Rodgers unrepentant over criticism of ‘horrendous’ refereeing decisions
Liverpool boss reluctant to withdraw remarks and vows to ‘fight his corner’ with the FA
Liverpool manager Brendan Rodgers: “someone who engages in supporting referees”. Photograph: Jan Kruger/Getty Images
Manchester City captain Vincent Kompany dismisses Luis Suarez’s complaint in the St Stephen’s Day match at the Etihad Stadium while referee Lee Mason looks on. Photograph: Alex Livesey/Getty Images
Brendan Rodgers intends to “fight his corner” after being asked by the Football Association to explain his comments about the referee Lee Mason following Liverpool’s St Stephen’s Day defeat at Manchester City.
The Liverpool manager questioned the decision to appoint Mason because the referee is from the Greater Manchester area and described the officiating as “horrendous”. He has until January 2nd to provide his observations to the FA. If charged and found guilty Rodgers faces a fine or warning over his conduct.
Rodgers insisted yesterday that his remarks were not intended as an attack on Mason’s integrity. “I was only speaking honestly after the game,” he said.
“I think the FA and the Referees’ Association know perfectly well I am someone who engages in supporting the referees. I am not one that berates referees at all after games.
“In terms of geography I certainly wasn’t questioning the integrity of referees. It was more the logic of it in terms of having a referee from that part of the world refereeing a game in Manchester. I wouldn’t suspect that Mike Dean, from the Wirral, has refereed many games for Liverpool over the years.”
‘I don’t play games’
Dean was dropped from officiating at the 2006 FA Cup final between Liverpool and West Ham for geographical reasons. Rodgers added: “I think if you look at my record since I have been a manager, I have never had any indiscretions whatsoever. I never get involved in that way of working
– I don’t play games. I am sure that is something they will look at but I will always fight my corner.”
Liverpool play at Chelsea tomorrow and Jose Mourinho believes their lighter schedule, devoid of European participation, is akin to a “holiday” and ensures Rodgers’ side will mount a sustained challenge for the Premier League title.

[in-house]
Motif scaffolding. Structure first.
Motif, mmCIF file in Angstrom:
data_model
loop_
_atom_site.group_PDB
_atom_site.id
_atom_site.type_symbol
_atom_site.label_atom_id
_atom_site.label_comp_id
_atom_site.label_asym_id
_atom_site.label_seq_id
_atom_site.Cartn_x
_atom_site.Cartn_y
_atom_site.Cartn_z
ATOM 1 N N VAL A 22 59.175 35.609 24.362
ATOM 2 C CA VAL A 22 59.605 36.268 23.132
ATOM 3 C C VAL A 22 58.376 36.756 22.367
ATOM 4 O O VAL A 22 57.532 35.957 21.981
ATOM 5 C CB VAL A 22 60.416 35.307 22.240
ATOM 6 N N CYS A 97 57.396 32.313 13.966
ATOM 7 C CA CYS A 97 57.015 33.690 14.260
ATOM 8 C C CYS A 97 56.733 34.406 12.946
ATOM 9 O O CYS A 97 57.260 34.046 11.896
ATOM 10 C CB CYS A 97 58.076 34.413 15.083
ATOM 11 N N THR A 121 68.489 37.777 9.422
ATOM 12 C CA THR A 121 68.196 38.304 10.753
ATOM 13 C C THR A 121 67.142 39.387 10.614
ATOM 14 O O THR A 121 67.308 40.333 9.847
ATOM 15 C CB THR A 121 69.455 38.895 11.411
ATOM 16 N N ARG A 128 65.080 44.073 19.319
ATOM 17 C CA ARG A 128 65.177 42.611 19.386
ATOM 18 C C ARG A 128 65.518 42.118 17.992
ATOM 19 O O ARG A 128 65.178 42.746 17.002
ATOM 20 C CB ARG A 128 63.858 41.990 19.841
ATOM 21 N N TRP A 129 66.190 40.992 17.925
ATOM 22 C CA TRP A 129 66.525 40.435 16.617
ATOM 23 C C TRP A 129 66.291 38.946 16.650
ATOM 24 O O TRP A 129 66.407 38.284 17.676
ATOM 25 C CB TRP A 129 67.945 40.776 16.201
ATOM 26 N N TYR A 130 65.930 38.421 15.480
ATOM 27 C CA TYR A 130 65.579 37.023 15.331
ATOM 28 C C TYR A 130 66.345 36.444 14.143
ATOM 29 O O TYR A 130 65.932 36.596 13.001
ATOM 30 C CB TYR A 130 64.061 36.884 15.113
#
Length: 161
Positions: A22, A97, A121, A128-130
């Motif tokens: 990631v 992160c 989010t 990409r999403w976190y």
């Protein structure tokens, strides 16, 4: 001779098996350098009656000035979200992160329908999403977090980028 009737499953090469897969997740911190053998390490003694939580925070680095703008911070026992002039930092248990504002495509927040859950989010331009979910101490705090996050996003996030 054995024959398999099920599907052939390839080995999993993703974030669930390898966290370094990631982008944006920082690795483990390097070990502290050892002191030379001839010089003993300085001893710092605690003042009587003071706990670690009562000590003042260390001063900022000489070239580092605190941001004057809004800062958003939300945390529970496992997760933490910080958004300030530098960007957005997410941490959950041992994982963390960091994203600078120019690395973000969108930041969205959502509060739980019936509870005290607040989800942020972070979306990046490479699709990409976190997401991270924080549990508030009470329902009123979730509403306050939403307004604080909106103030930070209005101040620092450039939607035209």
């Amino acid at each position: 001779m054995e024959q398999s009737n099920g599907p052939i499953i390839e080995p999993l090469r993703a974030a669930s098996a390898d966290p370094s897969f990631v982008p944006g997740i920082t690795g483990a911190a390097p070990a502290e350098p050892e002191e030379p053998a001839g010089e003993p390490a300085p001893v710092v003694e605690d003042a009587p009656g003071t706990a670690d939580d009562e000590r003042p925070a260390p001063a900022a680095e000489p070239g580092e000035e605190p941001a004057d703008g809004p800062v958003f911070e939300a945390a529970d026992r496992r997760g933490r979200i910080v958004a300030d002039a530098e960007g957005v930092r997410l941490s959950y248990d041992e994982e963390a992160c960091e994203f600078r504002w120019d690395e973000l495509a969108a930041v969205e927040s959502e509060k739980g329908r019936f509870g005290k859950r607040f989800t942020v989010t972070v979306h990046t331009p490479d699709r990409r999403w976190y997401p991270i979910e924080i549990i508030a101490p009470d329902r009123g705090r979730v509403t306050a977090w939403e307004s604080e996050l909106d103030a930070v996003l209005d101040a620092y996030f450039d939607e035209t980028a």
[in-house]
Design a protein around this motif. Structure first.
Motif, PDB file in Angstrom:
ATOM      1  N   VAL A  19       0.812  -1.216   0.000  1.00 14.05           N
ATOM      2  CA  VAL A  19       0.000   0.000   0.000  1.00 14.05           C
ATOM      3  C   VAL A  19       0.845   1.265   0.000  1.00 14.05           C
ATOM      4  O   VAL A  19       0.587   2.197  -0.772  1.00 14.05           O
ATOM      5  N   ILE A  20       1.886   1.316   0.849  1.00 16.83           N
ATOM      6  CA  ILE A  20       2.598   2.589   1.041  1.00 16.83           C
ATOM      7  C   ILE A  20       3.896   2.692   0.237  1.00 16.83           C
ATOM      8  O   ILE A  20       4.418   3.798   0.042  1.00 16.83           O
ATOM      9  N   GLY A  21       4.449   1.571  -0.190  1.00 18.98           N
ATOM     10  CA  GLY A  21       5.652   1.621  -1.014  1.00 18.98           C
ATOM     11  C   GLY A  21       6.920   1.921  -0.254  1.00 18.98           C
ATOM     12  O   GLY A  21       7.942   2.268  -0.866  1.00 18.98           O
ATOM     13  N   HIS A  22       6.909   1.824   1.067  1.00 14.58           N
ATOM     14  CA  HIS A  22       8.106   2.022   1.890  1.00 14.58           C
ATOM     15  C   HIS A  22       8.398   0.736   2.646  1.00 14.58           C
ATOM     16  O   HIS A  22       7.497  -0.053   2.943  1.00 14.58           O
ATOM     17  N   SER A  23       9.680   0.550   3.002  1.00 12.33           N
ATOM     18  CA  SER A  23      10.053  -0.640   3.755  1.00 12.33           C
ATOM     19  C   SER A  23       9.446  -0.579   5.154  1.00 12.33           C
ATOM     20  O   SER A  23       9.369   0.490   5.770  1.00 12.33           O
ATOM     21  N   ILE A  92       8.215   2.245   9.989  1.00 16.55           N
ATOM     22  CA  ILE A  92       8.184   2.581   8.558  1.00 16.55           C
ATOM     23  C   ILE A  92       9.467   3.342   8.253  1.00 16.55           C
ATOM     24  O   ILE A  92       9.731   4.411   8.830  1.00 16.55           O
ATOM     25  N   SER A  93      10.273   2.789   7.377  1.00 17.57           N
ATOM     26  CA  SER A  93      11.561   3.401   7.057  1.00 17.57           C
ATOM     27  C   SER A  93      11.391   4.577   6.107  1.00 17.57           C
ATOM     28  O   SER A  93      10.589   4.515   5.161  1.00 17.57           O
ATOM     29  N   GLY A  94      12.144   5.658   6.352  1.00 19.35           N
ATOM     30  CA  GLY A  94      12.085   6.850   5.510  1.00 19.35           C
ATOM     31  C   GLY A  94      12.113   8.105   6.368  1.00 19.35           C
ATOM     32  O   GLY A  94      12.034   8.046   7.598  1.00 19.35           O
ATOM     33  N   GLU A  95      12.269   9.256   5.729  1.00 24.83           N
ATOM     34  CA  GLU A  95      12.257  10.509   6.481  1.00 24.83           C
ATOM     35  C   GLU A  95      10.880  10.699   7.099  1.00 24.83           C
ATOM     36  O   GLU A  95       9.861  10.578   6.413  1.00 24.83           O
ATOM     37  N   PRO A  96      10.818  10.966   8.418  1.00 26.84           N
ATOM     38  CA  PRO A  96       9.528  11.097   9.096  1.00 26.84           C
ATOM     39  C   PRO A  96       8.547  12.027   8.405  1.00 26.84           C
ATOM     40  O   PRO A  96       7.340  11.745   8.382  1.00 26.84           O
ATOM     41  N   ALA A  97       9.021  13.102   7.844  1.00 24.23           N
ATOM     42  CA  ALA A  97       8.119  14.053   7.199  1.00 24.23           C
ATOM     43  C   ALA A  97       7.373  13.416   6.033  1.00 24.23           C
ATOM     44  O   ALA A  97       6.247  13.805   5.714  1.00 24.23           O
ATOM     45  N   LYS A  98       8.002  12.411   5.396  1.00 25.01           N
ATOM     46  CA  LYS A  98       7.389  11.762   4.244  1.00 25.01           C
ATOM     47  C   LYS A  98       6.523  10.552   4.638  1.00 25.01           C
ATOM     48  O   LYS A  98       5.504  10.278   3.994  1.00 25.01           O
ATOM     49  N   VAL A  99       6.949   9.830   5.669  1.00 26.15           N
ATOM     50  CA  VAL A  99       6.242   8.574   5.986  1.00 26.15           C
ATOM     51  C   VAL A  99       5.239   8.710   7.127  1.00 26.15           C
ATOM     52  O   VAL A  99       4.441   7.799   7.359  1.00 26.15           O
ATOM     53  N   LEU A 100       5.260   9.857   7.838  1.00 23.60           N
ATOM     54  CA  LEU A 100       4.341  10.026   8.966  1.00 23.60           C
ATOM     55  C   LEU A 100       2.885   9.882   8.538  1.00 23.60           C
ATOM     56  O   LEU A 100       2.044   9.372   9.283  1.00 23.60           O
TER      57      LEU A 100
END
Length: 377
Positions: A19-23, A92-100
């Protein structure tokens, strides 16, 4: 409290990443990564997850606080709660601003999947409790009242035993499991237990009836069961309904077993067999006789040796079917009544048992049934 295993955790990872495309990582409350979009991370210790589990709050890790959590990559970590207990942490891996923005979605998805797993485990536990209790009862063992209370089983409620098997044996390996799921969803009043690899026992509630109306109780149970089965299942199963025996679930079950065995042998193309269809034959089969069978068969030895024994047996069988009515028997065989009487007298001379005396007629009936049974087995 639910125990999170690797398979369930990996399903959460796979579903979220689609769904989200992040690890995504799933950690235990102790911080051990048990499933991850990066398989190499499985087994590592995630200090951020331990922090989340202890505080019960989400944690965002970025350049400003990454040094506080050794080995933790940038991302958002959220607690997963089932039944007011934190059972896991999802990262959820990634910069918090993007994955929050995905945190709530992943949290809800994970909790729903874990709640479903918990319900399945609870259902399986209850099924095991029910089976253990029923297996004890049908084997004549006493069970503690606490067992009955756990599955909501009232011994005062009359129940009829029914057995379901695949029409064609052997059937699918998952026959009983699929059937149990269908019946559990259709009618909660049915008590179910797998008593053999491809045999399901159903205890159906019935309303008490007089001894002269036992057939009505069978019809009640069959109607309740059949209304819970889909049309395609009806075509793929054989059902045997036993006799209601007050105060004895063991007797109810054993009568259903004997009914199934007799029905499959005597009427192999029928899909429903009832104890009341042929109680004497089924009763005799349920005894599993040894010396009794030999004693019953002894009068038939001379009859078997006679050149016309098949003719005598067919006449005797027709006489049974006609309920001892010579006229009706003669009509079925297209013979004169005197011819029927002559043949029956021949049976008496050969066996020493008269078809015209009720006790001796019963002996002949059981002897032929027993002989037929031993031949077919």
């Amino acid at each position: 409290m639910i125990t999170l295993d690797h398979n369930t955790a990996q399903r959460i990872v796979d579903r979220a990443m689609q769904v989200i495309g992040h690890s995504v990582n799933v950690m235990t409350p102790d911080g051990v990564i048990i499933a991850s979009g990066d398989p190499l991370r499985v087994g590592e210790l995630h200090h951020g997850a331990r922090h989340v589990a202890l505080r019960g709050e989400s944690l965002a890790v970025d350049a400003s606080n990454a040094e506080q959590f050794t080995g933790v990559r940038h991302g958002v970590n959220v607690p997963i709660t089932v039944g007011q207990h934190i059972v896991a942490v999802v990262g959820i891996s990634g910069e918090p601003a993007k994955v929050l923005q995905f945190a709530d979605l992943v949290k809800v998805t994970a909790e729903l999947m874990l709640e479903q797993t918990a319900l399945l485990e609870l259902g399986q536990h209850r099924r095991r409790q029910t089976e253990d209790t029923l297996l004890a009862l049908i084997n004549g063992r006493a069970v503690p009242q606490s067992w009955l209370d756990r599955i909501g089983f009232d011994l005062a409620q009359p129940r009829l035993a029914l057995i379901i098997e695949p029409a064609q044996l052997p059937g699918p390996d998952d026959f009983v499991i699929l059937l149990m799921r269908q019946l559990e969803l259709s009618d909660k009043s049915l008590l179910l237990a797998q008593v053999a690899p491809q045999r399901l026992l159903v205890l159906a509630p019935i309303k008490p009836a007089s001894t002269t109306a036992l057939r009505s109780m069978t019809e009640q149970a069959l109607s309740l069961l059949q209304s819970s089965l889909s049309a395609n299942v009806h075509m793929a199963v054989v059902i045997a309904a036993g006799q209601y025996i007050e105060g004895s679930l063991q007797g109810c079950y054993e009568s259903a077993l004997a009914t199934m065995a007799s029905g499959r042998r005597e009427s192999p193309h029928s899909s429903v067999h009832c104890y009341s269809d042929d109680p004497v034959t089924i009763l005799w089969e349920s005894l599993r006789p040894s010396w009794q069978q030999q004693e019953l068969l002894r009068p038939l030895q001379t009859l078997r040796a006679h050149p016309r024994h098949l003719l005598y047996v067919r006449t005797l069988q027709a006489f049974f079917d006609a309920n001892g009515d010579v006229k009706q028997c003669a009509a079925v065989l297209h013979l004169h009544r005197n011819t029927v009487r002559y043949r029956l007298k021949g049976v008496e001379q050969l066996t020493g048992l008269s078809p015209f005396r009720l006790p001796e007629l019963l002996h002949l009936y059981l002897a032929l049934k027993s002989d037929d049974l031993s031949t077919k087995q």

Mourinho acknowledged the prolific Luis Suarez had been the difference between the sides to date but, while he still considers Manchester City to be favourites to win the championship, he expects the challenge from fourth-placed Liverpool to be maintained.
“They can [win the title] because they are good, because Brendan is good, because they have time to prepare the team tactically and because they are not involved in the heat of the knockout situation in the Champions League or even the Europa League, ” he said. “My players are going to play 60 matches this season. Liverpool’s will play 40 matches. It’s a big difference. Quality plus ambition plus this advantage, so yes, they can win it.
Potent Suarez threat
“City are the big favourites. Arsenal are like us: they play in the Champions League, they are trying to improve on the last few years having not been at the top of the league for a while. And Manchester United, in spite of being a few points behind, have the reality of [what they have achieved in] the last years. Liverpool are on holidays one season: one week to prepare a match, play the match, one more week to prepare the next match. An unbelievable advantage.”
While Rodgers, a former academy and reserve team manager at Chelsea, has impressed Mourinho, it is Suarez whom the hosts must stifle. During the striker’s last meeting with Chelsea he bit Branislav Ivanovic. “Iva thinks it’s something from the past,” said Mourinho.
The Chelsea boss enjoyed a typical moment of mischief then when he hoped “little injury” might deprive Liverpool of Suarez for the clash.
“Maybe Suarez has got a little injury,” he said. “I’m not asking for a big injury . . . just a little injury to stop him playing for four days.”